Researchers in Australia have been successfully extracting and collecting venom from snakes and spiders for decades. But those techniques don’t work with ants. To investigate what’s in ant poison, Sam first had to figure out a way to safely collect it.

“And that was to basically just have them poke on a little waxy paper strip and then collect the droplets from that,” he says. “Then we figured out what was in that venom by using some pretty complicated techniques.”

Australian bull each litter. Image credit: Dr. Sam Robinson

World first

Sam’s team then published a paper characterizing an ant venom for the first time, essentially breaking down its chemistry.

It gave a complete picture of what is in the venom, making it possible to determine the structure of any molecule it contains.

“This allowed us to see how it worked,” says Sam, explaining that most of the molecules have been shown to be related to and act in a manner similar to the main toxin in honey bee venom — melittin.

These toxins punch tiny holes in cells and when they do that in a nerve cell – a neuron – it activates it. “It’s a pretty common mechanism of action for pain-causing toxins,” says Sam. “But there was one standout that was structurally very different from the rest of these toxins.”

Sam’s team tested that toxin in lab mice, but got no pain response from it.

They couldn’t even get any reaction to it, so it was put aside and forgotten about for a while until Sam was stuck in COVID quarantine and decided to take a much closer look at that anomalous molecule.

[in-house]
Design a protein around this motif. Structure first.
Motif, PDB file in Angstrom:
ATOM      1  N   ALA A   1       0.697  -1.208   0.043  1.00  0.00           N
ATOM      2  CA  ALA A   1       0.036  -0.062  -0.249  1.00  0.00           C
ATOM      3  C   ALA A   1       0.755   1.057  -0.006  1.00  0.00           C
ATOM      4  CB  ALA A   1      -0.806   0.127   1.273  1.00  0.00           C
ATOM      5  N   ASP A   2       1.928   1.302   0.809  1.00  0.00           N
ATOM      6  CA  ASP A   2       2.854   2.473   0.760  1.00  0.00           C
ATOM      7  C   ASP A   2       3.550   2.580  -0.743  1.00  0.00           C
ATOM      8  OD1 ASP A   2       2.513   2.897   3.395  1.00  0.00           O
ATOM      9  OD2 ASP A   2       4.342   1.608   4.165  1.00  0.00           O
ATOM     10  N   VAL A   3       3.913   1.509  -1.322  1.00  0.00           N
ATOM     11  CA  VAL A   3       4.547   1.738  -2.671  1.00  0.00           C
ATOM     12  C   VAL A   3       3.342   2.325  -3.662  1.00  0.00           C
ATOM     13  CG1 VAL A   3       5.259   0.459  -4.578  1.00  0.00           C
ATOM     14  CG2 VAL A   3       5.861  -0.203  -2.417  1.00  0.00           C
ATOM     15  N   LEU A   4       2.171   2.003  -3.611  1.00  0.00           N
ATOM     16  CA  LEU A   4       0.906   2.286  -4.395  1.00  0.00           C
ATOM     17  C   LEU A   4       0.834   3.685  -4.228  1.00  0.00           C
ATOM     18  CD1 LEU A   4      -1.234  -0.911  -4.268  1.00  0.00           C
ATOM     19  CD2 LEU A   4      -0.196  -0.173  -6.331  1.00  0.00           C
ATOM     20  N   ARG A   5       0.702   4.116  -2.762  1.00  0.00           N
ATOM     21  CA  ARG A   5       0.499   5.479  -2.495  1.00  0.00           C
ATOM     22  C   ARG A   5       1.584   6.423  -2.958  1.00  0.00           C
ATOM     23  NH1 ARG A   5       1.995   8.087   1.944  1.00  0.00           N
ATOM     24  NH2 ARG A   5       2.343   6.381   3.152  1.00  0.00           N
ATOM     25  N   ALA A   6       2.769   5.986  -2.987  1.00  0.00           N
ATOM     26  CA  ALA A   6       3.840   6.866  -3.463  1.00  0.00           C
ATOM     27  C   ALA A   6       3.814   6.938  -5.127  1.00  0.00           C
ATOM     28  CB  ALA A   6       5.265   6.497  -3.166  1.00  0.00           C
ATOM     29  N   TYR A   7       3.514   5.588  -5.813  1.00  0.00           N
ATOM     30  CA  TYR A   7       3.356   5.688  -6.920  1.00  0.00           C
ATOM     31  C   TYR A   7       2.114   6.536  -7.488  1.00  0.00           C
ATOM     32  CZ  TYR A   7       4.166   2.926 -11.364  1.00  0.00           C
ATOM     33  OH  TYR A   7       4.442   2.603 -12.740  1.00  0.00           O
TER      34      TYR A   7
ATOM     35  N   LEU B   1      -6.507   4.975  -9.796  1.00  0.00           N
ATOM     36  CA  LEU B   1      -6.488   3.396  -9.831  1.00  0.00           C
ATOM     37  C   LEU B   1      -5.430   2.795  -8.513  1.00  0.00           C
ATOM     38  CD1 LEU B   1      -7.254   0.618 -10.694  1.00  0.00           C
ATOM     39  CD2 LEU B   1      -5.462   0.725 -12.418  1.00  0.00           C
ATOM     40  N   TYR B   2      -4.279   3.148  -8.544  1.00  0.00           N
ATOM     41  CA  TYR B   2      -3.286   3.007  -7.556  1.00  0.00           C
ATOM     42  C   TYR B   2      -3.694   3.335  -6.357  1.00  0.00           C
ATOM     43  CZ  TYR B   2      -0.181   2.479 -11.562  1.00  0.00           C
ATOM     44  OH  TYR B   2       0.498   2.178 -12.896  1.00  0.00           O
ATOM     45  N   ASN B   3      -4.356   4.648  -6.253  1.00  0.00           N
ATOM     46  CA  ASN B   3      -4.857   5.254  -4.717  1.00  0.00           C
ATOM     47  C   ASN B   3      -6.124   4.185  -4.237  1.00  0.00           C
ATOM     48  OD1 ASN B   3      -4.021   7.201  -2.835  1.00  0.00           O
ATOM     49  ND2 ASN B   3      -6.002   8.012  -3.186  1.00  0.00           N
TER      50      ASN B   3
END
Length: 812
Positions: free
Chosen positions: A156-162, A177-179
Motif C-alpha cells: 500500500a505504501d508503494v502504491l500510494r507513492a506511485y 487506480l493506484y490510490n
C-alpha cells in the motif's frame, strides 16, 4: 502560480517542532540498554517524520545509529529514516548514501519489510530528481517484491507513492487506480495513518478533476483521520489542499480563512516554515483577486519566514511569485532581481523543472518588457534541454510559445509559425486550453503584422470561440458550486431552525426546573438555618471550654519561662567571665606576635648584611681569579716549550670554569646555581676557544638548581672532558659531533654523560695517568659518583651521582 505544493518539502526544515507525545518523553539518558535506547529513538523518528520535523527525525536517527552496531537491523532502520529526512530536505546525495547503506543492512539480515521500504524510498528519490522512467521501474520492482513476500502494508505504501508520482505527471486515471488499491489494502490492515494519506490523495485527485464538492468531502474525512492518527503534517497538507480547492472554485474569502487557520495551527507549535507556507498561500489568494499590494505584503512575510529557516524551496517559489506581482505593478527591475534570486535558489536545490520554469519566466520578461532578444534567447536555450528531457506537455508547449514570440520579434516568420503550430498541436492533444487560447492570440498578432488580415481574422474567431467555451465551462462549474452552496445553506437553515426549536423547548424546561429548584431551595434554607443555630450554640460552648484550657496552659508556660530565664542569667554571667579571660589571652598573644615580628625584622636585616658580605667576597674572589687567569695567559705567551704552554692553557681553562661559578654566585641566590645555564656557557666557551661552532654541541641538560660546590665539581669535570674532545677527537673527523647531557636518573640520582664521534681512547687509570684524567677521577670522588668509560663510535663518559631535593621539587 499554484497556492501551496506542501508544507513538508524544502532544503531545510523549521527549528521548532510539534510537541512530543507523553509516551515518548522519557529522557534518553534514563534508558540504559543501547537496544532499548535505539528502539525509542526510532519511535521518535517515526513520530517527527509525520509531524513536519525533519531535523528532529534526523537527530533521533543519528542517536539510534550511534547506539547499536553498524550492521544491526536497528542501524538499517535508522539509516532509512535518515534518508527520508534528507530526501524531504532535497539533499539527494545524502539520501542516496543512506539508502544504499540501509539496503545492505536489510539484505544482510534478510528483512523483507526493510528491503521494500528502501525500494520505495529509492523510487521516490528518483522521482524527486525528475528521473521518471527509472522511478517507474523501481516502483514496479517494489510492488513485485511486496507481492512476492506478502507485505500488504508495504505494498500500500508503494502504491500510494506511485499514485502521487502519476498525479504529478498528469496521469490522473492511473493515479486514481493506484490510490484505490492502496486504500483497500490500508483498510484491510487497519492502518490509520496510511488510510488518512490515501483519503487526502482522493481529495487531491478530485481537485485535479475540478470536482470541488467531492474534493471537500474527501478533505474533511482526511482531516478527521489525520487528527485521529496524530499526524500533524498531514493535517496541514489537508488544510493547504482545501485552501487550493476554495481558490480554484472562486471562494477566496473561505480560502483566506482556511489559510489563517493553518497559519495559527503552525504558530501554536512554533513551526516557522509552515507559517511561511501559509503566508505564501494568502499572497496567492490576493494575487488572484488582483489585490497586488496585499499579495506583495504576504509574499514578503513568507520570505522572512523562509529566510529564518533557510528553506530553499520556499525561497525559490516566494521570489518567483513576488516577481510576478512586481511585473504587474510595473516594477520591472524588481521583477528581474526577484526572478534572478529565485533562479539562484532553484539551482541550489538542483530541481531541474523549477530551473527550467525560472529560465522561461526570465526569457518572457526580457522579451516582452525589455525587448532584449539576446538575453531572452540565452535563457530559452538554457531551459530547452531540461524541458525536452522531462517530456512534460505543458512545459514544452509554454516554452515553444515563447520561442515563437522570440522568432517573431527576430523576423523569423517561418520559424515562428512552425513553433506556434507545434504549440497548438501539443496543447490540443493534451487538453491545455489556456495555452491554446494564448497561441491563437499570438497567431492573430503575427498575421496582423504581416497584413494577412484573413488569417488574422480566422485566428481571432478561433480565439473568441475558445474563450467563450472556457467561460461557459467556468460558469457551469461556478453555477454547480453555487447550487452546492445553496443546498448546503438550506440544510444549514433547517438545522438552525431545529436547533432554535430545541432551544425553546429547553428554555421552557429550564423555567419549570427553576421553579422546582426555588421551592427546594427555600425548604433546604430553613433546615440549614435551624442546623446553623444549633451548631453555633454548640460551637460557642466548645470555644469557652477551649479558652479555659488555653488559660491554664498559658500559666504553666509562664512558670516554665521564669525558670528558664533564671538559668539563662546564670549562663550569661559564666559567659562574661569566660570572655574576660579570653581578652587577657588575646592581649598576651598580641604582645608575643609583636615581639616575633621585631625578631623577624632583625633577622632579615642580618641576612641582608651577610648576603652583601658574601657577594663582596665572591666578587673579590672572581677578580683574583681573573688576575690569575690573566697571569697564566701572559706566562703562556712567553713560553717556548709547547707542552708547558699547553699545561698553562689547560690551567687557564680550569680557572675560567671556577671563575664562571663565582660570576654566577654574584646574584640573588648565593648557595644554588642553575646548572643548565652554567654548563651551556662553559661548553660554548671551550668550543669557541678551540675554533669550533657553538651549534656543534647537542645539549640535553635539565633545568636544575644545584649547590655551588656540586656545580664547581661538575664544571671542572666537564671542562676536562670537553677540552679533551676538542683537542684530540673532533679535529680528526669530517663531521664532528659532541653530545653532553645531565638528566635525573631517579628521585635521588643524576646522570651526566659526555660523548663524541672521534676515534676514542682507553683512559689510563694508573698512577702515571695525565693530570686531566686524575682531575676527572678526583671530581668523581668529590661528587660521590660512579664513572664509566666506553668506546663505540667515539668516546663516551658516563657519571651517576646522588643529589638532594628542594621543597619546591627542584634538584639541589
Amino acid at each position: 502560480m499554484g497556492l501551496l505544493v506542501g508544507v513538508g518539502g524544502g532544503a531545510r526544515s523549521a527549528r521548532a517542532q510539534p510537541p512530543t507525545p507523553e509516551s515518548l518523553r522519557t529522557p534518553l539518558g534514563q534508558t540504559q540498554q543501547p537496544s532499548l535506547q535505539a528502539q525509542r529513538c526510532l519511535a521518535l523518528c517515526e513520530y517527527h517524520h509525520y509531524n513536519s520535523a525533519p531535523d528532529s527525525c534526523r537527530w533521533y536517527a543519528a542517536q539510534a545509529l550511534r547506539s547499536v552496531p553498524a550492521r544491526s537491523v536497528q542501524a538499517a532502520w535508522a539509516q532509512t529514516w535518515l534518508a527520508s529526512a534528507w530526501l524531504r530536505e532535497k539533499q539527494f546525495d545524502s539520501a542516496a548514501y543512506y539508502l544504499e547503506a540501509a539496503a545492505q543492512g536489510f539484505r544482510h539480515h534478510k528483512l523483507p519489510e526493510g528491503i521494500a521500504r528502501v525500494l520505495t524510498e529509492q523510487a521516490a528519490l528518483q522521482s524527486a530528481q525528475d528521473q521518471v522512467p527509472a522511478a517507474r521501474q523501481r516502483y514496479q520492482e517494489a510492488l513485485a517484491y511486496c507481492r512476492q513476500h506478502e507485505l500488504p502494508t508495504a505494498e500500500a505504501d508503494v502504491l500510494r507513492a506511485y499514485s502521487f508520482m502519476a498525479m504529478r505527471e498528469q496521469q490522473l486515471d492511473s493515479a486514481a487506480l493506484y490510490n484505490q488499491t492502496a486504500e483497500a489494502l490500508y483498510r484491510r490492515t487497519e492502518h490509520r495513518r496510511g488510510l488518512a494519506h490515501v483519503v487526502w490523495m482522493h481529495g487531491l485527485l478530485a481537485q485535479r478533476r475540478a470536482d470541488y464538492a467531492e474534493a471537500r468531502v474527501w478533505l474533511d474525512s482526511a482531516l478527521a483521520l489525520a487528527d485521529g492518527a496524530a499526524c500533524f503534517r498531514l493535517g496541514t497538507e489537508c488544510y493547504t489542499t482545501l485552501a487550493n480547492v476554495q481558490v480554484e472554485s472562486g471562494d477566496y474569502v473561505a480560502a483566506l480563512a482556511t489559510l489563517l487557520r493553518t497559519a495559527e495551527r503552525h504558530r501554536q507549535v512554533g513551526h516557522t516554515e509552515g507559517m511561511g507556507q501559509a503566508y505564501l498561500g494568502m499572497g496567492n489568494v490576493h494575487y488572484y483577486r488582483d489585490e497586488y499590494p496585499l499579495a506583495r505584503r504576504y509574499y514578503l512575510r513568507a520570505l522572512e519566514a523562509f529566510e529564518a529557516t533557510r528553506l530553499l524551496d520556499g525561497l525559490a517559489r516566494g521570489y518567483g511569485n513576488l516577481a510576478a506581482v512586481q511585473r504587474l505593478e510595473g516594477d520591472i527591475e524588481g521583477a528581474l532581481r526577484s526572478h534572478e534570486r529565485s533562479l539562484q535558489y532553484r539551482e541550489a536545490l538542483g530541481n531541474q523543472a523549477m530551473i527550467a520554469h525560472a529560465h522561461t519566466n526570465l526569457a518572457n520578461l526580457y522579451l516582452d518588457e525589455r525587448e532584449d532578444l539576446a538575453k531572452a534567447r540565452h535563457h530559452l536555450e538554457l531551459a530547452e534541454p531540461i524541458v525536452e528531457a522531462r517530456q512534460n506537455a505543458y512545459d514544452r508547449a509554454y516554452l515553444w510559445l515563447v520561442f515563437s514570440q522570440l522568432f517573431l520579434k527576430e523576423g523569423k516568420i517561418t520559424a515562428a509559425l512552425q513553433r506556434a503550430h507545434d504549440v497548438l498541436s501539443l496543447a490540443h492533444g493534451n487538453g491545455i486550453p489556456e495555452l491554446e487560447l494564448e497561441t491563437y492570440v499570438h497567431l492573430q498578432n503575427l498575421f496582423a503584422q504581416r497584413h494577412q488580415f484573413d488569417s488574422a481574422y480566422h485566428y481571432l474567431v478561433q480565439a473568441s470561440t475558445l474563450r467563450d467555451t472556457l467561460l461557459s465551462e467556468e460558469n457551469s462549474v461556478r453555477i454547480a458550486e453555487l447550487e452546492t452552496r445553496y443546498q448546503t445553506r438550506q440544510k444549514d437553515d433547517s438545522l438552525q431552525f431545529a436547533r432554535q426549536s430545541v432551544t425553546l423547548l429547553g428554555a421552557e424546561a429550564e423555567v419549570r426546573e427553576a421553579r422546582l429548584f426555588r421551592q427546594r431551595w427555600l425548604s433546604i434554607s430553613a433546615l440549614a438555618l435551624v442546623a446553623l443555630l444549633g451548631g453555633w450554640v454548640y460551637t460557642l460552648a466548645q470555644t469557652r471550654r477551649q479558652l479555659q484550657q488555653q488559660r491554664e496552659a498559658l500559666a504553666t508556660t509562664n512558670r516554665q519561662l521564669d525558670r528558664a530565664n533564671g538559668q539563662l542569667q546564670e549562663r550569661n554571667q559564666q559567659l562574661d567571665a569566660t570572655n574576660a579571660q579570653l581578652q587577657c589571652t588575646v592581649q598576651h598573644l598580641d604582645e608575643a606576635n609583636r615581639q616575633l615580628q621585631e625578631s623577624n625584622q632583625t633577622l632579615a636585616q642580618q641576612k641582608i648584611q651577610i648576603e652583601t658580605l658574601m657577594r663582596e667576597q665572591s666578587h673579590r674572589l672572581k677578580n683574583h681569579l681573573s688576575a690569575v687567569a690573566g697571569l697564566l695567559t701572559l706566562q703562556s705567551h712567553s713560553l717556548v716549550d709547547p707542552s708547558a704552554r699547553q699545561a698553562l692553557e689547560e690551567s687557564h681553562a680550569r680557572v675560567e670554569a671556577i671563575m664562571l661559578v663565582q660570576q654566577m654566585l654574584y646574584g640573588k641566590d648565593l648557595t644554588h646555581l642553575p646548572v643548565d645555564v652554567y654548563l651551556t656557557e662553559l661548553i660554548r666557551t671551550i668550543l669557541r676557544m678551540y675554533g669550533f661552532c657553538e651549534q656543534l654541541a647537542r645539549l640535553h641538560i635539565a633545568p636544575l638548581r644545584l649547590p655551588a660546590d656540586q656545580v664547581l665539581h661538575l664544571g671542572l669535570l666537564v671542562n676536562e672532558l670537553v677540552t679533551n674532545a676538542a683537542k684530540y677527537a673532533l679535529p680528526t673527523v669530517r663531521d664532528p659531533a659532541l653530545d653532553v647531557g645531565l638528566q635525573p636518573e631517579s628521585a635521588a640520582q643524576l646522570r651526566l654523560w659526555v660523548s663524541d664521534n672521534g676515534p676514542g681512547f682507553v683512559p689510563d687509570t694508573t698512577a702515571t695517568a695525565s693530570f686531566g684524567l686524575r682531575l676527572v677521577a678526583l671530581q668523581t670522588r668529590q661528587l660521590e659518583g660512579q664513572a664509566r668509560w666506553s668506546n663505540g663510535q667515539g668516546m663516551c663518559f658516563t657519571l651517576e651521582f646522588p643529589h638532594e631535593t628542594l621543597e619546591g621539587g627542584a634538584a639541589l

Short-beaked echidna. Image Credit: Shutterstock

Identify a connection

After comparing the molecule with a huge database of other molecular structures, something unusual appeared.

Sam was looking for molecules with a similar structure and “one thing that struck me was that the things at the top of the list were actually these hormones from Australian marsupials”.

This can’t be a coincidence, he thought. “There is an ant that is endemic to Australia and we are getting a strong signal for Australian animals,” says Sam.

He then looked at the scientific literature — outside of his usual molecular focus and in more ecological areas — and realized that the thing that probably exerted the strongest selection (evolutionary) pressure on these ants was the echidna.

“It’s the only Australian animal known to actually dig up ant colonies — to eat their larvae and eggs — and I thought if that’s the animal that’s attacking them, maybe this toxin mimics a hormone in the echidna to create a ​​or other reason related to pain,” Sam says.

“So I looked at the echidna genome, which was only published a few years ago, and I found this hormone sequence there indeed and it was the most closely related thing to this toxin that we had seen.